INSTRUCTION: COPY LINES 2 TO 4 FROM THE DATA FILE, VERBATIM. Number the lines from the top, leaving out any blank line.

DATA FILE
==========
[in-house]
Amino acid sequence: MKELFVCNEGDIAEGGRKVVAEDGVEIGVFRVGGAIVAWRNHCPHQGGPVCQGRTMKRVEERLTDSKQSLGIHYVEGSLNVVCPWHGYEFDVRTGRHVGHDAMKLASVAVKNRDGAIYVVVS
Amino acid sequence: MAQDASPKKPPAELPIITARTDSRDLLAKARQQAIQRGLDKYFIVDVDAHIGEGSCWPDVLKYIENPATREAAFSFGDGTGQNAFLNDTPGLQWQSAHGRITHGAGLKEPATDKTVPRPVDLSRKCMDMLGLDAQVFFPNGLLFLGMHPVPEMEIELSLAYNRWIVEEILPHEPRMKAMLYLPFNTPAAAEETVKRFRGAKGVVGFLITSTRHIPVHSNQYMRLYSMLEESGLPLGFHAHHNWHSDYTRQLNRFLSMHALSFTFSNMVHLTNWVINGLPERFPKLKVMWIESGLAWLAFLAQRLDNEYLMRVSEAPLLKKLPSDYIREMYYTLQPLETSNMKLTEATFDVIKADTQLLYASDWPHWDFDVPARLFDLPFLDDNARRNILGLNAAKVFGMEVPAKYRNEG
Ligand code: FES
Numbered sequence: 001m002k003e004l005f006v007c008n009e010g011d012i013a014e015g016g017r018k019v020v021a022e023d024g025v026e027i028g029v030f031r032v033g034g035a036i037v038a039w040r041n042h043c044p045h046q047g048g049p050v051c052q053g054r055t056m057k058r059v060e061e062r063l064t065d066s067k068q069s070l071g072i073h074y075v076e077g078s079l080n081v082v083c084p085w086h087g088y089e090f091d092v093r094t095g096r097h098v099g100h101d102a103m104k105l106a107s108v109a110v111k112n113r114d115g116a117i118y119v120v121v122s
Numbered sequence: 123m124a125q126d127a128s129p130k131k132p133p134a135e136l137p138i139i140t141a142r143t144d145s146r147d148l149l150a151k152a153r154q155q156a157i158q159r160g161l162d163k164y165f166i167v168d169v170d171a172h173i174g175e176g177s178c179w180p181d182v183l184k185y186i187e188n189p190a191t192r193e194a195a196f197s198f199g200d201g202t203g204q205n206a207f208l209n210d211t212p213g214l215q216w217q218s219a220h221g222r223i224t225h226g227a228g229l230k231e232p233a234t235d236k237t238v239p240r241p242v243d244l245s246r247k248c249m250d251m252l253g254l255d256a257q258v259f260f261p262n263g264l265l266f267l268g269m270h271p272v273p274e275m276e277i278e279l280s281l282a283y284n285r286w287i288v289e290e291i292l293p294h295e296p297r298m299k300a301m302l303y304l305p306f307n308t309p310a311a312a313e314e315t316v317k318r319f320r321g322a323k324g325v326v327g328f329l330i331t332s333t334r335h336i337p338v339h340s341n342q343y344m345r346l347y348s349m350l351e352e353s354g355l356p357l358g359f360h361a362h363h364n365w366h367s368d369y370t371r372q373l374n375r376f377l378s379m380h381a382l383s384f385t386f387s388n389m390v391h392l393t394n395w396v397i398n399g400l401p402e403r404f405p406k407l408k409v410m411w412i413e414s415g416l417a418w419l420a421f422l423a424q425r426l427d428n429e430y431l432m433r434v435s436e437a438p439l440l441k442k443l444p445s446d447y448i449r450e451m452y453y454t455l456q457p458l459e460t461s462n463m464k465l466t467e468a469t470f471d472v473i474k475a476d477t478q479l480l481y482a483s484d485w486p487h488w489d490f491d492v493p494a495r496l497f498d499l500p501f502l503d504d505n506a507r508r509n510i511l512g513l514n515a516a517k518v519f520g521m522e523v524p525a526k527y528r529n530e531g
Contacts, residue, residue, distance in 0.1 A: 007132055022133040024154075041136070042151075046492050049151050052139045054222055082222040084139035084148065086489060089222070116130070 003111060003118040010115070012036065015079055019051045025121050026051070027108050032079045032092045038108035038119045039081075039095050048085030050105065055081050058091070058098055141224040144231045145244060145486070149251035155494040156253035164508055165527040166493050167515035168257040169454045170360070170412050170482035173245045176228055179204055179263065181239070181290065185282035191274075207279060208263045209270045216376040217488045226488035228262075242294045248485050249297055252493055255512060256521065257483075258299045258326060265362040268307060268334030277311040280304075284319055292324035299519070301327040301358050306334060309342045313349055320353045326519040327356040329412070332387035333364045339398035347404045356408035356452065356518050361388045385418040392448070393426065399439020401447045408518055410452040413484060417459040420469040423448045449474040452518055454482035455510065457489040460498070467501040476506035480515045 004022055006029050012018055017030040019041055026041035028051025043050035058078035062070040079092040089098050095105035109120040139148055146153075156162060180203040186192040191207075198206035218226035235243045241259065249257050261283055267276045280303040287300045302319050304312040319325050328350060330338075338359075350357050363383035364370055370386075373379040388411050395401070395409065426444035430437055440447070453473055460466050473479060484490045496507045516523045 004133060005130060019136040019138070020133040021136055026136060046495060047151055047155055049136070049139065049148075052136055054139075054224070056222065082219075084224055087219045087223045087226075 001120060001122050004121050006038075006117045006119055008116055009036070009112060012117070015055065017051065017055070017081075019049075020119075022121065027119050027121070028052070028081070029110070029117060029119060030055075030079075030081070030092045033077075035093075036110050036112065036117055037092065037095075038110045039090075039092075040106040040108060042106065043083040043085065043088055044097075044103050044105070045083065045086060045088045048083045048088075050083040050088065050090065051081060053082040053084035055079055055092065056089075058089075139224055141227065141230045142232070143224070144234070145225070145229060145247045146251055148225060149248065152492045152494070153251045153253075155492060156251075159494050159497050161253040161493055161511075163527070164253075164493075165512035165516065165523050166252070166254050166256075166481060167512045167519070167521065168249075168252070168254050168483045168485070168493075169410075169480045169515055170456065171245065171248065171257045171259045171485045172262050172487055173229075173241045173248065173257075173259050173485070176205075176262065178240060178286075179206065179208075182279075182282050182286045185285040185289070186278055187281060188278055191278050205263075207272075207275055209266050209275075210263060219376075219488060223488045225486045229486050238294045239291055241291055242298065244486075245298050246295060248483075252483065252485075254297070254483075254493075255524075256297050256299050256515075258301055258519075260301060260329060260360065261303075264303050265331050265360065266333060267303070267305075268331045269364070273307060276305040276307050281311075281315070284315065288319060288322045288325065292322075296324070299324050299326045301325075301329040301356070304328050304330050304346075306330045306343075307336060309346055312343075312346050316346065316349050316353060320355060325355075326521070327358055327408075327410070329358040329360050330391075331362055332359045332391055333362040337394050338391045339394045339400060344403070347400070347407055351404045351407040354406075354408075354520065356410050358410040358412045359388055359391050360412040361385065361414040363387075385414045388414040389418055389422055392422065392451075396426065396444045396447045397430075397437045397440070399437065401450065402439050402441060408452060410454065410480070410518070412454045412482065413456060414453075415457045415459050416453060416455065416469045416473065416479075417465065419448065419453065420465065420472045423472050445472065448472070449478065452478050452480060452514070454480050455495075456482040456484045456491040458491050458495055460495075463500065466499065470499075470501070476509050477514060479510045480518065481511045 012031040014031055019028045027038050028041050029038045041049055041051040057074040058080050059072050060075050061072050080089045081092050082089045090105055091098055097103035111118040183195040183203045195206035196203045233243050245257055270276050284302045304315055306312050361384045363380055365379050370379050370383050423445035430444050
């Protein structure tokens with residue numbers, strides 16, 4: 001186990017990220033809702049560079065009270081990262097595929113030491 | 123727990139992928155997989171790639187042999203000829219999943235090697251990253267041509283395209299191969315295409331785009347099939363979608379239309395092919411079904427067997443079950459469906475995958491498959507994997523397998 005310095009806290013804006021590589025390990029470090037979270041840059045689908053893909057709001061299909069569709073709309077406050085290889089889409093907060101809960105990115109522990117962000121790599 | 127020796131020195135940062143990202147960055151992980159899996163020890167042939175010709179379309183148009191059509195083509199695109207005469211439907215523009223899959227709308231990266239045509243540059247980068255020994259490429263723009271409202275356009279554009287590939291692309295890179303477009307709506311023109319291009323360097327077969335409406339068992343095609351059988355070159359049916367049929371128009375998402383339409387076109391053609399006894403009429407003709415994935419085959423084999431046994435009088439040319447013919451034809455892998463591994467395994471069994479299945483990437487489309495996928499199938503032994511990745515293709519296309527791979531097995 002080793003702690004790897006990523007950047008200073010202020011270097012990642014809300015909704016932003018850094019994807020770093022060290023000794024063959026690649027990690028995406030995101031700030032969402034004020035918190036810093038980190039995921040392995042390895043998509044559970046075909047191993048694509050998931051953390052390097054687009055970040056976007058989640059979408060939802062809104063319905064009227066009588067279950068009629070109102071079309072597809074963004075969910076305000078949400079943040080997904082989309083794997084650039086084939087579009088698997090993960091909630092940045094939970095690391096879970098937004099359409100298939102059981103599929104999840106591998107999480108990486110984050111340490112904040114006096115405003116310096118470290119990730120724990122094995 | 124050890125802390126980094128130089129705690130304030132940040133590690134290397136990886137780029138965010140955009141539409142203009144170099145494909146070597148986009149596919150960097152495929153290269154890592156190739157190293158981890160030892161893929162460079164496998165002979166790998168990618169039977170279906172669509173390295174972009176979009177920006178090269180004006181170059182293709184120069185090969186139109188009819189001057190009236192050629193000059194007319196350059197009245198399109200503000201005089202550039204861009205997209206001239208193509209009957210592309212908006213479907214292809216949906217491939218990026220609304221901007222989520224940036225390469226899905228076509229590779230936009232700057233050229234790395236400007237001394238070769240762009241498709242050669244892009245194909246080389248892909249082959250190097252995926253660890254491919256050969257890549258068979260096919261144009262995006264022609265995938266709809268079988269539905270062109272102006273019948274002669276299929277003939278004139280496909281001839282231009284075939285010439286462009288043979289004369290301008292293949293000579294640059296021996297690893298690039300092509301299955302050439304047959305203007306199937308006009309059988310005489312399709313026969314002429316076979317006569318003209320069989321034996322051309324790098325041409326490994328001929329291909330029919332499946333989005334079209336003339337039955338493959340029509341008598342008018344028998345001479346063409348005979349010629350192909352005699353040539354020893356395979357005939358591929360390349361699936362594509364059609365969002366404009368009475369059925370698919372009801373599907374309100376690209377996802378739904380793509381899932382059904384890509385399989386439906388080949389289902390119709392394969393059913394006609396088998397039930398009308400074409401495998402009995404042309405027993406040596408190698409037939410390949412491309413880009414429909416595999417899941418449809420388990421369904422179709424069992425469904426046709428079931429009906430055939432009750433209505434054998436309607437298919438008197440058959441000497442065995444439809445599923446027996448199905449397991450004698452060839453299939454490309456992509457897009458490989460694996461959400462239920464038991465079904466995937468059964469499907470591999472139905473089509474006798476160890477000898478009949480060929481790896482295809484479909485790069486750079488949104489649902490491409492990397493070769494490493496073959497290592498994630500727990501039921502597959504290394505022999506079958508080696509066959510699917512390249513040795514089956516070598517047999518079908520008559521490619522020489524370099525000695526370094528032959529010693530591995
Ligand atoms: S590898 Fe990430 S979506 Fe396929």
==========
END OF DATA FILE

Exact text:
Amino acid sequence: MKELFVCNEGDIAEGGRKVVAEDGVEIGVFRVGGAIVAWRNHCPHQGGPVCQGRTMKRVEERLTDSKQSLGIHYVEGSLNVVCPWHGYEFDVRTGRHVGHDAMKLASVAVKNRDGAIYVVVS
Amino acid sequence: MAQDASPKKPPAELPIITARTDSRDLLAKARQQAIQRGLDKYFIVDVDAHIGEGSCWPDVLKYIENPATREAAFSFGDGTGQNAFLNDTPGLQWQSAHGRITHGAGLKEPATDKTVPRPVDLSRKCMDMLGLDAQVFFPNGLLFLGMHPVPEMEIELSLAYNRWIVEEILPHEPRMKAMLYLPFNTPAAAEETVKRFRGAKGVVGFLITSTRHIPVHSNQYMRLYSMLEESGLPLGFHAHHNWHSDYTRQLNRFLSMHALSFTFSNMVHLTNWVINGLPERFPKLKVMWIESGLAWLAFLAQRLDNEYLMRVSEAPLLKKLPSDYIREMYYTLQPLETSNMKLTEATFDVIKADTQLLYASDWPHWDFDVPARLFDLPFLDDNARRNILGLNAAKVFGMEVPAKYRNEG
Ligand code: FES